If the government is to look at the railway line, it needs to look at employment too. Although it wont be a major employer, maybe tourism can provide jobs. In the past, a couple of steam trains have reached Mulobezi. The trains were full of international tourists but the ride was not good steam trains need water and all the water depots along the line had gone. Anyhow, I feel sure that steam safaris to Mulobezi could work.
Mulobezi is now within KAZA. It is near to Sichifulo and Mulobezi Game Management Areas. Both of these areas a beautiful wildlife areas and could be used, not for hunting, but for photographic safaris. And, of course, Mulobezi is only 60 km from Kafue National Park.
The photos are some old ones of mine: Top: Bridge over the Ngwezi River, Middle: Mulobezi, Bottom: Sign to GMAs by the railway line.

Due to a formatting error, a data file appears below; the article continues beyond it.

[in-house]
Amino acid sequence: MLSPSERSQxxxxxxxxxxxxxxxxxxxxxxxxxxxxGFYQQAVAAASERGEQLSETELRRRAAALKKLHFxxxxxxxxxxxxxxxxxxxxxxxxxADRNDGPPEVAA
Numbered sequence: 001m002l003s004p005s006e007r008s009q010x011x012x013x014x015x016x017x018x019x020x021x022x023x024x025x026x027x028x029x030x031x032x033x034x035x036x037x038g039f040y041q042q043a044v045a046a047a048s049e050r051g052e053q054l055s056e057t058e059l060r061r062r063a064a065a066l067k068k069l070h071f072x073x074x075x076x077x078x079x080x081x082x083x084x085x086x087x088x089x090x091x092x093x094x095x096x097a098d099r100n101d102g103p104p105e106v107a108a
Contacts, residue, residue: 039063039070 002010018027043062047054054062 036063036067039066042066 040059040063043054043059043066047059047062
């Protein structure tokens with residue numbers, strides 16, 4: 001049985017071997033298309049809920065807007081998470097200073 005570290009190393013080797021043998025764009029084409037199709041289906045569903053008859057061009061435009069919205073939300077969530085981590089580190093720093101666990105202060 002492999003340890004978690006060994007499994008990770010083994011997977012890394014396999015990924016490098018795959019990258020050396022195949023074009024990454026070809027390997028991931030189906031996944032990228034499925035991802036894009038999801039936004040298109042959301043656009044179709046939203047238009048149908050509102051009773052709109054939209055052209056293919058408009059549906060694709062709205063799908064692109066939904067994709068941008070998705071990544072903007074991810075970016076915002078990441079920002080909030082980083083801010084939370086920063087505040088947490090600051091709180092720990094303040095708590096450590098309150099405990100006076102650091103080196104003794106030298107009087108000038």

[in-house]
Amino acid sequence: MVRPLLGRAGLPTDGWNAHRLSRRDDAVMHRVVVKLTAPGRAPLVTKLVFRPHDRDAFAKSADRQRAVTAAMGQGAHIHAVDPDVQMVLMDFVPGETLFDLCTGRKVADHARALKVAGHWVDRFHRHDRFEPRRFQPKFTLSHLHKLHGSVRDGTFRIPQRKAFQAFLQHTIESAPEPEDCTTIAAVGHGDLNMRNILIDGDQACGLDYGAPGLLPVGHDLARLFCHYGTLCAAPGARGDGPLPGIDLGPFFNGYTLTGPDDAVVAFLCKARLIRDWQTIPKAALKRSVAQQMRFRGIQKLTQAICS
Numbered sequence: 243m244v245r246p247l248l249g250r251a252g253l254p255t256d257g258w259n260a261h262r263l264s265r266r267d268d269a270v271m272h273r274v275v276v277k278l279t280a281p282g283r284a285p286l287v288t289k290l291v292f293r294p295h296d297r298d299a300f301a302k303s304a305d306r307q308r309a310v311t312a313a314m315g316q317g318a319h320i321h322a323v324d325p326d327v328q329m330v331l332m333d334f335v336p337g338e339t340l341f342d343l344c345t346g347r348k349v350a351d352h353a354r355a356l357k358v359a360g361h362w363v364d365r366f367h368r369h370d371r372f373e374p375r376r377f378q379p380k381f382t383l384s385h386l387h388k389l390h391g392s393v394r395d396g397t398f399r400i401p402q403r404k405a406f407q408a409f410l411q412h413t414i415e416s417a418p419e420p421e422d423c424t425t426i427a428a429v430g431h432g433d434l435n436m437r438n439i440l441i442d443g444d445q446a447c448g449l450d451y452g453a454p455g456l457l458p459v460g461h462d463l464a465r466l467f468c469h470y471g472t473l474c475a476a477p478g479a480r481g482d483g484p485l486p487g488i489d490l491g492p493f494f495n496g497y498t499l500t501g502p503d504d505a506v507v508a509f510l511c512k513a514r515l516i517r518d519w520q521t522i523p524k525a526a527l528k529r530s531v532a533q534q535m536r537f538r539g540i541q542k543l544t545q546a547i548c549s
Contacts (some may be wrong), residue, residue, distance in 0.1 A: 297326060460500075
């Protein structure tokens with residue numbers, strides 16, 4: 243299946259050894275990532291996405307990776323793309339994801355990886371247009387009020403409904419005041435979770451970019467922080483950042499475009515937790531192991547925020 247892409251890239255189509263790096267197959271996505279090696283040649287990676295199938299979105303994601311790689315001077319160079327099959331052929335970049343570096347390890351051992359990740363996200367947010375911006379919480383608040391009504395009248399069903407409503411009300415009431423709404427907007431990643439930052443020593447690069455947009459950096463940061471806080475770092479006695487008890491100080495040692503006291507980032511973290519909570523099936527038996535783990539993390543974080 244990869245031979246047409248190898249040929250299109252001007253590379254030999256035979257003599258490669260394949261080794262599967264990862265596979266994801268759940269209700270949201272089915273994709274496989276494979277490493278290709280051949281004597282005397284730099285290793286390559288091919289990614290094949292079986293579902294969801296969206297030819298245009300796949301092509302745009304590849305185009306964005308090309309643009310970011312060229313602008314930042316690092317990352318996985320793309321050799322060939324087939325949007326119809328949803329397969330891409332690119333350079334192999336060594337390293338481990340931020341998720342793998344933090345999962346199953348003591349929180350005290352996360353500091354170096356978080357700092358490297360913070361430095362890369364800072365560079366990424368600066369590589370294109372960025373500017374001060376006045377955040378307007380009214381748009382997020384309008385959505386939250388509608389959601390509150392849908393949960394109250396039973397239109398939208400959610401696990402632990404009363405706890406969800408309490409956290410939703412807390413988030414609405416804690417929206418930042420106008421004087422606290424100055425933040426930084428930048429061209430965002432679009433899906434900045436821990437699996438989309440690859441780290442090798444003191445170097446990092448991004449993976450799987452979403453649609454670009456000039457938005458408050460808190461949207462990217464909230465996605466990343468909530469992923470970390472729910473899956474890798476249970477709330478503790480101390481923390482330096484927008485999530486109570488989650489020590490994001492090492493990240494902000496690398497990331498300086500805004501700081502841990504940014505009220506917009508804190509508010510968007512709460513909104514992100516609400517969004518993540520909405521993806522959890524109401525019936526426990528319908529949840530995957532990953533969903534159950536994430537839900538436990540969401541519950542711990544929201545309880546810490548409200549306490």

Africa Travel Association
The 37th Annual World Congress will be held in Victoria Falls from May 18-22. The theme is Africa Tourism: Partnering for the Future.
Registration for the congress is now open. Go to: http://africatravelassociation.org/congress_reg.html
South African Airways (SAA) will from June 15 start a daily flight to Maun from Johannesburg.
THE END LOOMS FOR HUNTING
From Ngami Times
The new hunting season in northern Botswana is likely to be the last and next season will also be the final one for the Tuli Block and southern Botswana.
The government has banned hunting of wildlife, except apparently for elephants and on game farms, in favour of photographic safaris.
It will be losing millions of Pula as a result of the move through VAT payments, training levies, bed night fees, and trophy fees.
Hundreds of people from hunters to safari employees and taxidermists are expected to be out of work, and as a result it is widely anticipated that the economy of towns such as Maun and Kasane will be adversely affected.
The government will also no longer be issuing hunting quotas, which is one of the mainstays of rural communities.